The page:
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Resist at your peril
Humanitarian groups the world over are decrying Israel's punitive strikes on the hapless civilian population of Lebanon rather more firmly than governments, writes Gamal Nkrumah
Unexpected Israeli pounding jolted Lebanon out of a relatively quiet July, prompting international reactions. Western governments, and in particular the United States, were on the whole supportive of the Israeli aggression. The Europeans, with the possible exception of British Prime Minister Tony Blair, were less assertively pro-Israeli. Many European leaders expressed grave reservations about the bombardment of civilian targets.
"The European Union is greatly concerned about the disproportionate use of force by Israel in Lebanon in response to attacks by Hizbullah on Israel," according to a statement issued by Finland, which happens to be holding the EU's rotating presidency. "The presidency deplores the loss of civilian lives and the destruction of civilian infrastructure. The imposition of an air and sea blockade on Lebanon cannot be justified... actions, which are contrary to international humanitarian law, can only aggravate the vicious circle of violence and retribution, and cannot serve anyone's legitimate security interests."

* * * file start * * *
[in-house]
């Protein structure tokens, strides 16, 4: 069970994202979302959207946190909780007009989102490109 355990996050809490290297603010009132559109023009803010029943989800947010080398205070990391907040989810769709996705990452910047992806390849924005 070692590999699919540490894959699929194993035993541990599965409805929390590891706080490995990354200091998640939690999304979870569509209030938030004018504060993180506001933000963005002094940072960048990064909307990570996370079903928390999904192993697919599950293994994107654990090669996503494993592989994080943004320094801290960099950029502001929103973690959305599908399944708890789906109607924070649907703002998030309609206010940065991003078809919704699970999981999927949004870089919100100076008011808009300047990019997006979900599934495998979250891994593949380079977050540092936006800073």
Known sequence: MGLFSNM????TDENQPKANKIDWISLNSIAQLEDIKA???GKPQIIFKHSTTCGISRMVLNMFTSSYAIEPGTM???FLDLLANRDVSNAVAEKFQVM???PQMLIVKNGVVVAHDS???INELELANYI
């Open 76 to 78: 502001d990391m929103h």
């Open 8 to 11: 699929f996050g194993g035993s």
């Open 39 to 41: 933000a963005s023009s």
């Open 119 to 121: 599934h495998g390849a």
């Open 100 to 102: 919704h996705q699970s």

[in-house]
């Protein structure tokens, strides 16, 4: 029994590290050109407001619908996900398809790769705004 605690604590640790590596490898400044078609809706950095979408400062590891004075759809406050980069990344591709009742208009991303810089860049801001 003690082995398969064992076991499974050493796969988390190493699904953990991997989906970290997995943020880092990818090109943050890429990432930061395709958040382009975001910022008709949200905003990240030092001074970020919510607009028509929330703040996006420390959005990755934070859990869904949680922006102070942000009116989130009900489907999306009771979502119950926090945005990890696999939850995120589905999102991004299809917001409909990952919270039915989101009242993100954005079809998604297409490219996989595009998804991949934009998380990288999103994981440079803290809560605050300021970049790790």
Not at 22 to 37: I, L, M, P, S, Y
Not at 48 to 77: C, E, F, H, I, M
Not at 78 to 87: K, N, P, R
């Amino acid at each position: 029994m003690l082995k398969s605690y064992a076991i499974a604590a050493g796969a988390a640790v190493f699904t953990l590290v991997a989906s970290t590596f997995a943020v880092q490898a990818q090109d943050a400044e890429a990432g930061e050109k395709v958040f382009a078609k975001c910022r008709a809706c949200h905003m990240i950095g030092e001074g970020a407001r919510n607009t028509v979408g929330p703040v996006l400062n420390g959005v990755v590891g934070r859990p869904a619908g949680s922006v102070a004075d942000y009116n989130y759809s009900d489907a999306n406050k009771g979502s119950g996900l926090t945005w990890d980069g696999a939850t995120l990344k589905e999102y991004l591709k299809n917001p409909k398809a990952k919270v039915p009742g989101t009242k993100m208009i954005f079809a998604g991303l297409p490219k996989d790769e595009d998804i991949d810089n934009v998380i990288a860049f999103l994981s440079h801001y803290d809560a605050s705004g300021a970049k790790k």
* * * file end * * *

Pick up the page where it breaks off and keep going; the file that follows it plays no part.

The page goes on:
For one particularly influential player in Lebanese politics, France, Lebanon's former colonial master, officially reserved strong criticism for Israel's retaliatory measures. Reactions from Asian, African and South American countries were even more openly sympathetic to the Lebanese cause, while international relief agencies and human rights organisations spoke with a unanimous voice -- strongly condemning the Israeli battering of civilian targets in Lebanon. Indeed the Herculean efforts required to salvage the humanitarian situation in Lebanon have, not surprisingly, become the focus of United Nations affiliated organisations and human rights groups as well as humanitarian relief organisations worldwide.